Liliana Segre, an 89-year-old Auschwitz survivor, center, with Milan's mayor Giuseppe Sala during an anti-racism demonstration in northern Italy.
Luca Bruno/AP
Liliana Segre, an 89-year-old Auschwitz survivor, center, with Milan's mayor Giuseppe Sala during an anti-racism demonstration in northern Italy.
CNN —  

Hundreds of Italian mayors and thousands of citizens took to Milan’s streets on Tuesday in a show of solidarity for a Holocaust survivor who was put under police protection after receiving anti-Semitic threats.

Senator-for-life Liliana Segre, 89, was only 13 when she was deported to Auschwitz.

She later became a vocal campaigner against racism and hate, recently spearheading the creation of a parliamentary committee against hate, racism and anti-Semitism, also known locally as the Segre commission.

She became the target of hundreds of social media attacks each day, the Milan-based Foundation Jewish Contemporary Documentation Center told CNN.

Organized by the Italian mayor’s association, the Milan demonstration escorted Segre through the shopping arcade Galleria Vittorio Emanuele II to the main square, Piazza Scala.

About 600 mayors, according to ANSA news agency, and thousands of people applauded from the sidelines chanting “Liliana” and singing the anti-fascist folk song “Bella Ciao.”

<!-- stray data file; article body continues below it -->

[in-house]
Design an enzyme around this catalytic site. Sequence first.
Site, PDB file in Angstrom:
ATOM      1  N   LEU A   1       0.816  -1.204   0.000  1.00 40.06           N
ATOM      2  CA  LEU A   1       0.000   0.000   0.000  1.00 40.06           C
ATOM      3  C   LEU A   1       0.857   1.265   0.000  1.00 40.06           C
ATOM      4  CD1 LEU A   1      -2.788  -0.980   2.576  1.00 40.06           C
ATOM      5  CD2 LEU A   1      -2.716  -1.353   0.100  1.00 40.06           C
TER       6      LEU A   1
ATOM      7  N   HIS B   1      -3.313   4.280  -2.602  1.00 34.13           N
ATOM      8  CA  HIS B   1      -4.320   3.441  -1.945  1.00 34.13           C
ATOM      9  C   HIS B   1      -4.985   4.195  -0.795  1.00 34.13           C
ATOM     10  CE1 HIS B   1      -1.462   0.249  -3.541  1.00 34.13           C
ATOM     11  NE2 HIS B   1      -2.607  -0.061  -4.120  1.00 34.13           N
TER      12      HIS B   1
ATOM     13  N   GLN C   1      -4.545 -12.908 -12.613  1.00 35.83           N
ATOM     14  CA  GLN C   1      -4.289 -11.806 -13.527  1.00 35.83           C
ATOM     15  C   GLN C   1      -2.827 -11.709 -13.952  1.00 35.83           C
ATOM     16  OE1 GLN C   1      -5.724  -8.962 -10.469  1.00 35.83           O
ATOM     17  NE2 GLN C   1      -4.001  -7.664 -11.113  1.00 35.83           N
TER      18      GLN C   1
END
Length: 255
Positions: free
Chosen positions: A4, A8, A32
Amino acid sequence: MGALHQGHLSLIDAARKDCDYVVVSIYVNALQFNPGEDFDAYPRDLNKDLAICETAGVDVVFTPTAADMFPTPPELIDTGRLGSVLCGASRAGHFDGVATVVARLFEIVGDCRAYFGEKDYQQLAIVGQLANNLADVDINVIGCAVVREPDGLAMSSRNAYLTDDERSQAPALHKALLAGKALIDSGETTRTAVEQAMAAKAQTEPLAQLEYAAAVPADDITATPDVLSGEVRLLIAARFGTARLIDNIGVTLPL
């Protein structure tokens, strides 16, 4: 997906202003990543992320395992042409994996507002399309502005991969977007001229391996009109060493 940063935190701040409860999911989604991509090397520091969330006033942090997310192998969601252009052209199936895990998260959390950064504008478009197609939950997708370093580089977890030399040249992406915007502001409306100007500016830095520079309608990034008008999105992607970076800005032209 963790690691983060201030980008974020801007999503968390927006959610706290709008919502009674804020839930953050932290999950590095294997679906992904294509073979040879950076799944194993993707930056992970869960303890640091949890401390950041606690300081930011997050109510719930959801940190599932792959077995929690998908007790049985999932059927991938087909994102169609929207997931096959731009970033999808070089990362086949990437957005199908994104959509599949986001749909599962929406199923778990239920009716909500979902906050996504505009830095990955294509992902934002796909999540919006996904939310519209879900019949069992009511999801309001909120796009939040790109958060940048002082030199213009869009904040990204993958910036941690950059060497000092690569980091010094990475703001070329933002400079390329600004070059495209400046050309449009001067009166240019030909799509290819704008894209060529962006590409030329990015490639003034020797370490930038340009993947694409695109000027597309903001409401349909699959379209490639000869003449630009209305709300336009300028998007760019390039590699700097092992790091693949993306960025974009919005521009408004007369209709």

“I have known hatred. I have known what it means to become a reject of that civil society of which I believed I belonged,” Segre said addressing the crowd. “I have heard the words of hatred, hateful and insulting, and then I saw with my eyes the realization of the ferocious program prepared from hatred.”

Segre told the crowd she finds hope in schoolchildren, calling them “future candles of memory.”

Liliana Segre speaks at an anti-racism demonstration in Milan.
Luca Bruno/AP
Liliana Segre speaks at an anti-racism demonstration in Milan.

“There’s great music in this square, the temple of music is outdoors today,” she continued. “We are here to talk about love and not hate. Let’s leave hatred to the anonymous people behind a screen.”

The decision to assign Segre a security detail – revealed last month – came after far-right Forza Nuova party members put up a banner in Milan near where Segre was speaking for an event, ANSA and Corriere della Sera reported at the time.

The Foundation Jewish Contemporary Documentation Center has reported a significant rise in anti-Semitic attacks in Italy, particularly online.

Stefano Gatti, from the center, told CNN the rise in anti-Semitic episodes was part of a general deterioration of the public discourse, with the brutalization of politics as its most evident phenomenon.

Recent controversial episodes included the decision by the northern Italian town of Schio to install “stumbling stones” to honor those deported from Italy to Nazi death camps, according to ANSA.